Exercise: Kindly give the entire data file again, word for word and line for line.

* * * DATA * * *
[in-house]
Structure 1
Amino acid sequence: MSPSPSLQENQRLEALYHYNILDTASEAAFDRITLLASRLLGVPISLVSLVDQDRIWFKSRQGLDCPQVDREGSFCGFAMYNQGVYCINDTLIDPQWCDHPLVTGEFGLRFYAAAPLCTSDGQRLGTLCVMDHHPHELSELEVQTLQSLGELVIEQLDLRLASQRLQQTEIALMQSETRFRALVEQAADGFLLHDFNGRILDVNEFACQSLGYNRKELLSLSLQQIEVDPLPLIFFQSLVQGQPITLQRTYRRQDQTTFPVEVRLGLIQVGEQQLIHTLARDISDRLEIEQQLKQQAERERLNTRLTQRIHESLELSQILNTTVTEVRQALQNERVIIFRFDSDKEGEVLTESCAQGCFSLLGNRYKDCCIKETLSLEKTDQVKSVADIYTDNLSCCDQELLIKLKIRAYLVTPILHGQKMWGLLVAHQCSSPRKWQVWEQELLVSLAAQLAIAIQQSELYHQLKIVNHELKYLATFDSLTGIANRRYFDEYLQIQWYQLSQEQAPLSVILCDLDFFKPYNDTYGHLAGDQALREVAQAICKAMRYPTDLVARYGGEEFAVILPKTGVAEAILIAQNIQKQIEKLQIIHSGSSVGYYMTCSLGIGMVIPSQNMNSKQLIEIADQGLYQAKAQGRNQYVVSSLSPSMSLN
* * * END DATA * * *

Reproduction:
[in-house]
Structure 1
Amino acid sequence: MSPSPSLQENQRLEALYHYNILDTASEAAFDRITLLASRLLGVPISLVSLVDQDRIWFKSRQGLDCPQVDREGSFCGFAMYNQGVYCINDTLIDPQWCDHPLVTGEFGLRFYAAAPLCTSDGQRLGTLCVMDHHPHELSELEVQTLQSLGELVIEQLDLRLASQRLQQTEIALMQSETRFRALVEQAADGFLLHDFNGRILDVNEFACQSLGYNRKELLSLSLQQIEVDPLPLIFFQSLVQGQPITLQRTYRRQDQTTFPVEVRLGLIQVGEQQLIHTLARDISDRLEIEQQLKQQAERERLNTRLTQRIHESLELSQILNTTVTEVRQALQNERVIIFRFDSDKEGEVLTESCAQGCFSLLGNRYKDCCIKETLSLEKTDQVKSVADIYTDNLSCCDQELLIKLKIRAYLVTPILHGQKMWGLLVAHQCSSPRKWQVWEQELLVSLAAQLAIAIQQSELYHQLKIVNHELKYLATFDSLTGIANRRYFDEYLQIQWYQLSQEQAPLSVILCDLDFFKPYNDTYGHLAGDQALREVAQAICKAMRYPTDLVARYGGEEFAVILPKTGVAEAILIAQNIQKQIEKLQIIHSGSSVGYYMTCSLGIGMVIPSQNMNSKQLIEIADQGLYQAKAQGRNQYVVSSLSPSMSLN